Friendly, fuzzy alpacas are a Mattapoisett secret

By Andrea Ray | Sep 24, 2017
Photo by: Andrea Ray Abbollonia ("We did not name her," Jeff Paine said) investigates the camera.

Mattapoisett — Cranberry bogs might be giving way to a new farming tradition.

That's if Pine Meadows Alpacas has anything to say about it. The small alpaca farm, located on Route 6 in Mattapoisett, took over a former cranberry bog several years ago and installed fuzzy alpacas in the place of bright red berries.

From an initial herd of five animals, Pine Meadows Alpacas, run by Jeff and Heidi Paine, alongside daughters Diana and Lauren, now has 17 alpacas, with more expected. Although, as the average gestation period for an alpaca is 11 months, the wait will be a fairly long one.

Alpacas come from South America, mainly Peru, Chile and Bolivia. They're smaller cousins of the traditional llama—while llamas themselves can weigh over 200 pounds, alpacas rarely weigh over 150 pounds and have finer, softer fleece.

Alpacas themselves only arrived in North America in the 1980s. Jeff and Heidi Paine found them around 2010 when, living in Connecticut, they took a family trip to Vermont. They visited an alpaca farm and knew immediately that this was the family's next project. "I'd had cattle in the past, though not for awhile," Jeff acknowledged.

Lauren, a sophomore at Bristol County Agricultural High School, generally shows the younger alpacas, whose coats are finer. They go to three or four shows a year, including the Big E (the Eastern States Exposition) in Springfield.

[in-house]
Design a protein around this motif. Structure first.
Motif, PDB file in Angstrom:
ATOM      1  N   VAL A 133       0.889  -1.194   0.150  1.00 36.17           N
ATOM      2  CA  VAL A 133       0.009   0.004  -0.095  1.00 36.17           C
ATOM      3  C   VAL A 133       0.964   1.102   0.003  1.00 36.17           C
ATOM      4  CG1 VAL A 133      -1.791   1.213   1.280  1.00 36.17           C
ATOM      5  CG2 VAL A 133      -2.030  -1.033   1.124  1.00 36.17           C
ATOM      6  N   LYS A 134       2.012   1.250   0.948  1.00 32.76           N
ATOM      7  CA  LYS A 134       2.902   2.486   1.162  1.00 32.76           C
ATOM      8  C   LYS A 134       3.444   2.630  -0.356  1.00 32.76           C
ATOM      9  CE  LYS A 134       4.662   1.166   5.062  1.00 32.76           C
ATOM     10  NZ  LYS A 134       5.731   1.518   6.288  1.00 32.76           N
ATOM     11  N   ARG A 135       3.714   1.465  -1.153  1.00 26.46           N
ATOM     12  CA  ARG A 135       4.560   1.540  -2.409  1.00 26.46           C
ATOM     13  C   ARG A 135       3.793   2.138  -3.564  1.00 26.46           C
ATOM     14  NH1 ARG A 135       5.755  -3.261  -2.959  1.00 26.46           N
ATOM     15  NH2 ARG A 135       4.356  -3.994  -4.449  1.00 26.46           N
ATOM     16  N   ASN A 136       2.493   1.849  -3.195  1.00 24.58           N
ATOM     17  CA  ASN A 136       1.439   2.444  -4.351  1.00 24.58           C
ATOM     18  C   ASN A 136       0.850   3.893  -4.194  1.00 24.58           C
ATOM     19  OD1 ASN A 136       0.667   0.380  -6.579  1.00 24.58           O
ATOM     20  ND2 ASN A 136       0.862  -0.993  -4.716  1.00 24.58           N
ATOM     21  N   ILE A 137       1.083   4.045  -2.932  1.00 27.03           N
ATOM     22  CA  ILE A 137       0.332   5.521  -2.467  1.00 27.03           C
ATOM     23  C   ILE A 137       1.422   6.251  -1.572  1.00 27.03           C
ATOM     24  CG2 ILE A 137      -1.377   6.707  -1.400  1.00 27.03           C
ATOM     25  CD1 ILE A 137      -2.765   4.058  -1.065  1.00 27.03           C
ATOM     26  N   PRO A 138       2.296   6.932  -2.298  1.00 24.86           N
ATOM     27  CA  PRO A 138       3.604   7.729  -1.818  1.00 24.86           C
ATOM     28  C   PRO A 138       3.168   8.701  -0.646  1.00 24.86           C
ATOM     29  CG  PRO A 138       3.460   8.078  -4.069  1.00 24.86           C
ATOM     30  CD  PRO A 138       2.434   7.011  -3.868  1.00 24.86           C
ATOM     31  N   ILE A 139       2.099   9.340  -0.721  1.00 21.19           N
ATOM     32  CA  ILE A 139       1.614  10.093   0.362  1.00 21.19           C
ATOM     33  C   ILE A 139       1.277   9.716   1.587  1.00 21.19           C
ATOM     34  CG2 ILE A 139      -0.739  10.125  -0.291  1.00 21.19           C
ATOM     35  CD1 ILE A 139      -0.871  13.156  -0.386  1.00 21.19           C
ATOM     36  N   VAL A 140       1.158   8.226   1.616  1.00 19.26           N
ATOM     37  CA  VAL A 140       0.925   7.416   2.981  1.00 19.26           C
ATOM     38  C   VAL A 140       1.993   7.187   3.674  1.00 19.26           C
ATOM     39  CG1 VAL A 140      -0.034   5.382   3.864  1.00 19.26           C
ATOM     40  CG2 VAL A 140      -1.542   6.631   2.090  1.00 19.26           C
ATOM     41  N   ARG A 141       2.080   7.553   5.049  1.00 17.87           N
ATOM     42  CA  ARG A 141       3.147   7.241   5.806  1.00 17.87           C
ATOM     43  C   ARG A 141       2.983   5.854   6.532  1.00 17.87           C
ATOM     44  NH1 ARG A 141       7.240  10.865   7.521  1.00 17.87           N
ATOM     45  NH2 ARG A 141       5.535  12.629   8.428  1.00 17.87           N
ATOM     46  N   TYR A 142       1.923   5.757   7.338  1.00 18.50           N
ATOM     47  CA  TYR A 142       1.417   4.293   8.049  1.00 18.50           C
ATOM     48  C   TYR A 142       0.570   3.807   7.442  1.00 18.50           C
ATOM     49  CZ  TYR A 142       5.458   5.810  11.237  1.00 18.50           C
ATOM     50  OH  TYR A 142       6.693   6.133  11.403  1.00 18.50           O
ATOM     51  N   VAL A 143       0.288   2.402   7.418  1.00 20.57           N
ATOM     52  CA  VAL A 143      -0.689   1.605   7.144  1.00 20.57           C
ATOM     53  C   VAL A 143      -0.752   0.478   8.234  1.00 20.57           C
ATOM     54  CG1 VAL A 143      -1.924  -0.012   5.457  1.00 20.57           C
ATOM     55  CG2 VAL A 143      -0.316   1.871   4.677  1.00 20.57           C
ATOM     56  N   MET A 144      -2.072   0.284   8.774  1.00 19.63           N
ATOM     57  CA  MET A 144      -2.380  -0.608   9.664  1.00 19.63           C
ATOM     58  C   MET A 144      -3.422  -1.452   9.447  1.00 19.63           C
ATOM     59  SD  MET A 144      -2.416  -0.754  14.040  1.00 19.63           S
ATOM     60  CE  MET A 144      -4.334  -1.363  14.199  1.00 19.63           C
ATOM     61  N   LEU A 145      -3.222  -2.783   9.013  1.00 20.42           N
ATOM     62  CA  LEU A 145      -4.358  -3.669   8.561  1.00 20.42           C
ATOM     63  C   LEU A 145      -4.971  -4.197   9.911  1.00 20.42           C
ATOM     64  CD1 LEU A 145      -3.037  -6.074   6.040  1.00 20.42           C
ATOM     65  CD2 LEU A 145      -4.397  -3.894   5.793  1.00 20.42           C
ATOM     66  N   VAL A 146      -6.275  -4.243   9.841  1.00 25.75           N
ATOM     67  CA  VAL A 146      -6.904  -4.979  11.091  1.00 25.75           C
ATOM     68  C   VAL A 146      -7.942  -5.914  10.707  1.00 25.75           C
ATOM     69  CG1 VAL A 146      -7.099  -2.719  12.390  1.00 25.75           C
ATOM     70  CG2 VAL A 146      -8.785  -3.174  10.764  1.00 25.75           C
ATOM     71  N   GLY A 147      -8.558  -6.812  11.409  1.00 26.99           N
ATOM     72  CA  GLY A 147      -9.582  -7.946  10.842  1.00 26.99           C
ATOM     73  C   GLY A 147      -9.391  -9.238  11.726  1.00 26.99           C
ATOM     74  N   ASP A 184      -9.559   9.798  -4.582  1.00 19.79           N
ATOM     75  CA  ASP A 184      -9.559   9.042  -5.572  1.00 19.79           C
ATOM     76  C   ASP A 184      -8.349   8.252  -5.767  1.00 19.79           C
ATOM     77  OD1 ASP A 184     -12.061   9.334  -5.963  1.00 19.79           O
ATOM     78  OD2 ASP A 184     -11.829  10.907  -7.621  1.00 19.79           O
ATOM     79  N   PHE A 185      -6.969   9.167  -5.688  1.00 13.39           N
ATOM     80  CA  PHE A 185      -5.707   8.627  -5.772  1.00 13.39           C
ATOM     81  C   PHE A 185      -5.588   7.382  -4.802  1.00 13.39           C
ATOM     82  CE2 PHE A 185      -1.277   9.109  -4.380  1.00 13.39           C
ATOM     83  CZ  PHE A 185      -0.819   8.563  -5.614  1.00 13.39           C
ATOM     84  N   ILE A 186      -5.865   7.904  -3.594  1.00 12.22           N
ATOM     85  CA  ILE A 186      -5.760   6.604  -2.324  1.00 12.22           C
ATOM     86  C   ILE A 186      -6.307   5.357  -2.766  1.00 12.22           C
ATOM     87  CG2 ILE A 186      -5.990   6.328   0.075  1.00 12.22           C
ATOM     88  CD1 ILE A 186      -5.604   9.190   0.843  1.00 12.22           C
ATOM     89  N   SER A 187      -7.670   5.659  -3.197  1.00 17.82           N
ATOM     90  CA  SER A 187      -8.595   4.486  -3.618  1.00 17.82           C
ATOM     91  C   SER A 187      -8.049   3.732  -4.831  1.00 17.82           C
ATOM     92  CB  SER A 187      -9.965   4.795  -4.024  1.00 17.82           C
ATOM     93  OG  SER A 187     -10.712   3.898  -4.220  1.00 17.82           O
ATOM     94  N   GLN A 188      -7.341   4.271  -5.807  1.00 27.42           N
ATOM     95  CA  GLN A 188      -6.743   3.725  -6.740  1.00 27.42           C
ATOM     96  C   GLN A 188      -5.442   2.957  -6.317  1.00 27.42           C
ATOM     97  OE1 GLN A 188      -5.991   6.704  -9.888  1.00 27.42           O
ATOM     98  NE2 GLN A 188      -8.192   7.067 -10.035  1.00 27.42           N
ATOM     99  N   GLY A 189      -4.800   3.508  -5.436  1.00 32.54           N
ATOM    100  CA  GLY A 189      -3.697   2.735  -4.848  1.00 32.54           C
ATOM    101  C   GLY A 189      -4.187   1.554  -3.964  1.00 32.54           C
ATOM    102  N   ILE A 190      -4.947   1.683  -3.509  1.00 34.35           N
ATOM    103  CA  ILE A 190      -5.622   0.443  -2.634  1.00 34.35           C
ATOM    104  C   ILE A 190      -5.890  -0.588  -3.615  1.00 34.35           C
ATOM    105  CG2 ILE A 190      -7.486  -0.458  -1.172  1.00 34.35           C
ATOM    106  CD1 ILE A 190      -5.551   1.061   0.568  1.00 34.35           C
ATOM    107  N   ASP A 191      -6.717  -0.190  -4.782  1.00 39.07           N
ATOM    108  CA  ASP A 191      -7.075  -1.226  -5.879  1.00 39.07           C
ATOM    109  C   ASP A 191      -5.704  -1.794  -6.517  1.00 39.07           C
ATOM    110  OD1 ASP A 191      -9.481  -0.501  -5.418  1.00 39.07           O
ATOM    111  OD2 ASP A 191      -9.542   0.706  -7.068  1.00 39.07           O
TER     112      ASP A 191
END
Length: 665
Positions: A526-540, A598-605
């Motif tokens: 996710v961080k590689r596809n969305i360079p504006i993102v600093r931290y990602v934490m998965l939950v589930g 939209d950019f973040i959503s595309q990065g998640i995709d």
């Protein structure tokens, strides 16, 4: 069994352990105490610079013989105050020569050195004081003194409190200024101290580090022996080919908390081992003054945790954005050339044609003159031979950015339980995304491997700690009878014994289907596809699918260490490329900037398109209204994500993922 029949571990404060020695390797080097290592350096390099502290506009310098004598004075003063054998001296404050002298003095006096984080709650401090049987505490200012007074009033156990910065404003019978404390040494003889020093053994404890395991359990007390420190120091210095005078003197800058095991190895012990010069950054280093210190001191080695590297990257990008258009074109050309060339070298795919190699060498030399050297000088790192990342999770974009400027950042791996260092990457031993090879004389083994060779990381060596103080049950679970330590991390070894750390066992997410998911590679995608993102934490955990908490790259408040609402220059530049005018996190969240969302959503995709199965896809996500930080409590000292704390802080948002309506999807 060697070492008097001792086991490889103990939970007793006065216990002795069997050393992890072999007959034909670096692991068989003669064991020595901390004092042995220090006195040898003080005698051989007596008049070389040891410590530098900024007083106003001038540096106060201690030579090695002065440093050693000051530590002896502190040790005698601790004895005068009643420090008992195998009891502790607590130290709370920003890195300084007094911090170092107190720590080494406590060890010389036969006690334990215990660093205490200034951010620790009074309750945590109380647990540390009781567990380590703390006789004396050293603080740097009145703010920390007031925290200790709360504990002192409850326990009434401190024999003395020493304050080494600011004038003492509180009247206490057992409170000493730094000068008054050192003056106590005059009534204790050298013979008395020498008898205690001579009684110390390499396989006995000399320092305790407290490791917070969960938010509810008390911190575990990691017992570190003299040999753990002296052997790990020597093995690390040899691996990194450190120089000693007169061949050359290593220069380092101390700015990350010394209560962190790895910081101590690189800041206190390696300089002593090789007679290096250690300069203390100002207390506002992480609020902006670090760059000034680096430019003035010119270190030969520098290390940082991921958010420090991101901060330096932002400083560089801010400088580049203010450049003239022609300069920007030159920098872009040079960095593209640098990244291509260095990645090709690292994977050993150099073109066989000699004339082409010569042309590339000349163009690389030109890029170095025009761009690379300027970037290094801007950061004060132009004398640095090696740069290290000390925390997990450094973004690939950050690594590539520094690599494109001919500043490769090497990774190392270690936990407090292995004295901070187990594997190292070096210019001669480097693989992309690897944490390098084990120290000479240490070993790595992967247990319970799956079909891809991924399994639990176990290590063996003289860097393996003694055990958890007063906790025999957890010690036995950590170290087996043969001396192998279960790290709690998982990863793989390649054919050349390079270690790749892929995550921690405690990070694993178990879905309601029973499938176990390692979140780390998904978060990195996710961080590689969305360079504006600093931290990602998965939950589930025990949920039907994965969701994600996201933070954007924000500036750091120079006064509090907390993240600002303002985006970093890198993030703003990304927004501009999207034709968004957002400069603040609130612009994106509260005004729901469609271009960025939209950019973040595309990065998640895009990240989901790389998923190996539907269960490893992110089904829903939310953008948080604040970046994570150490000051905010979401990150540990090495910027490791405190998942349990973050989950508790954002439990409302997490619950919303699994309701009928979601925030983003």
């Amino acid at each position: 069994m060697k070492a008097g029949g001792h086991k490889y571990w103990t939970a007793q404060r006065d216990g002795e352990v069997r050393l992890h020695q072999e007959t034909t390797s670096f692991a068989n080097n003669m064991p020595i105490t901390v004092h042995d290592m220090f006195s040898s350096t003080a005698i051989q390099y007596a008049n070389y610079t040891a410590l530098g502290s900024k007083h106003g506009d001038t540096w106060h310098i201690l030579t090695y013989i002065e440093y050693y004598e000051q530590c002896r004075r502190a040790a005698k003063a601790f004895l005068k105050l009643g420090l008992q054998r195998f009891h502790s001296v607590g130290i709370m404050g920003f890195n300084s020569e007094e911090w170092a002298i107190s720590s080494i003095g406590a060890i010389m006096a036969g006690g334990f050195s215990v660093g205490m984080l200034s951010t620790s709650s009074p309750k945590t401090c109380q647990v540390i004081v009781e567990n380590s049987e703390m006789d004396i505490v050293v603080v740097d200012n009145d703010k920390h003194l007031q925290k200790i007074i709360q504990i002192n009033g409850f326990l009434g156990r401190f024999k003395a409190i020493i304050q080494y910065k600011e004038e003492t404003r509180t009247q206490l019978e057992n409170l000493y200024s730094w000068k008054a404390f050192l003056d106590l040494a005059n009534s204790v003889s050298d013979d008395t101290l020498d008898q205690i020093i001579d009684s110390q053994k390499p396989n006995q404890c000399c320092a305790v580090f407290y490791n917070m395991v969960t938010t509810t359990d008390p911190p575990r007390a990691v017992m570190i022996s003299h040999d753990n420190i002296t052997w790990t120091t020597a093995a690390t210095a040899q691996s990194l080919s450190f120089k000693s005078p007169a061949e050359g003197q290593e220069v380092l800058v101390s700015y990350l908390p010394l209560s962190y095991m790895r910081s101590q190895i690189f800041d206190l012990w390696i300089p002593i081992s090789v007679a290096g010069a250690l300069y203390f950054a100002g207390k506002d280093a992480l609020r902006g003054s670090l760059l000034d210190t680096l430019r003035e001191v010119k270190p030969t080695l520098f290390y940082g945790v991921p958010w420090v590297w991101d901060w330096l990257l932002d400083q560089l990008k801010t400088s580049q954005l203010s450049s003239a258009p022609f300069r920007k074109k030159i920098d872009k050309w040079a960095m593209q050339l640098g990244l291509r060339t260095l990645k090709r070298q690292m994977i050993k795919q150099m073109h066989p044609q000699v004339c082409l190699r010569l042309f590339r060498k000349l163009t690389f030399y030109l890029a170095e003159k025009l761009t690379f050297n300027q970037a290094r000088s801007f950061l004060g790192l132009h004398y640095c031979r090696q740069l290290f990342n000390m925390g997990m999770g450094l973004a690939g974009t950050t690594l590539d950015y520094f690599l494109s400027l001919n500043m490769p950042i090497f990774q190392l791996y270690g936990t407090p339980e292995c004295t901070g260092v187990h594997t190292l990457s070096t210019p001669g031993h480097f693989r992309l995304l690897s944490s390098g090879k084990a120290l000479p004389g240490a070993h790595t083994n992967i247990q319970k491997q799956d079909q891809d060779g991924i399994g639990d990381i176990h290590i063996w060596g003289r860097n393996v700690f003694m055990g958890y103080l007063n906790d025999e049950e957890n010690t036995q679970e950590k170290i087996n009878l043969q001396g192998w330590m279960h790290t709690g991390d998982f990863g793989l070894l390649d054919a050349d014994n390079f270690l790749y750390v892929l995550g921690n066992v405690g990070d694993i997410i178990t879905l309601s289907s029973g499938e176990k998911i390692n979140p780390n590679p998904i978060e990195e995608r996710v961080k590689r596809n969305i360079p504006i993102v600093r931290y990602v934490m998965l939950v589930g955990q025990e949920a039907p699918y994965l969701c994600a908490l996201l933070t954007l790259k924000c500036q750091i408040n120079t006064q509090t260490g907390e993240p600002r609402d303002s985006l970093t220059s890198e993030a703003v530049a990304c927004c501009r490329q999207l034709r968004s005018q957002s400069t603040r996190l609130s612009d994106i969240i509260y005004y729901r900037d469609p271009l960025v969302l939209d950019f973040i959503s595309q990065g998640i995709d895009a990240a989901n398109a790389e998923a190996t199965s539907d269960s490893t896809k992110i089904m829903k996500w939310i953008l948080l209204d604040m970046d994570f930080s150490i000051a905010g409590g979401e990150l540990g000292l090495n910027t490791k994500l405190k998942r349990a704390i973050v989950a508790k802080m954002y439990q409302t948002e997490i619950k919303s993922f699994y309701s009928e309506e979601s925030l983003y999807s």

Lauren shows a few of the farm's younger alpaca in events like "alpaca performance," which Lauren's father describes as "alpaca agility." She teaches the alpaca to jump, go up steps, walk over tarps and walk down ramps, among other skills.

Lauren herself prefers "showmanship," where the alpaca's handler is judged on their knowledge of alpaca conformation and history. "I've had judges ask me where the alpaca's withers [roughly equivalent to the ridge between shoulderblades on a four-legged animal] are, or where alpacas come from," she said.

All the alpacas are shorn once per year, usually in April. Each alpaca produces between four and seven pounds of fleece, which means that Pine Meadows produces roughly 100 pounds of fleece per year. The Paines send the sheared fleeces to the New England Fleece Company in Fall River, where the yarn is spun into yarn, gloves, hats, socks, scarves and even stuffed animals.

"We send them fleeces, and they send us the rough amount of what we send them back," Heidi Paine explained. "But we don't necessarily get our own fleeces back, so we don't market the products as 'from our own alpacas'."

Oh, and the spitting? Don't worry, said Jeff Paine. Yes, they spit. "They're not just going to walk up to you and spit though," he clarified. Alpacas usually spit when they're fighting with each other, or when they're being shorn. "You'll know it's coming, too," he added. "They'll raise their head up and back, and you'll hear a noise..."

To learn more about Pine Meadows Alpacas, visit www.pinemeadowsalpacas.com.

Some of the finished alpaca products on display. (Photo by: Andrea Ray)
"How about you? Do you have any food?" (Photo by: Andrea Ray)
Grey Dawn is happy to say hello to all visitors. (Photo by: Andrea Ray)
Grey Dawn and Chocolate study visitors carefully. (Photo by: Andrea Ray)
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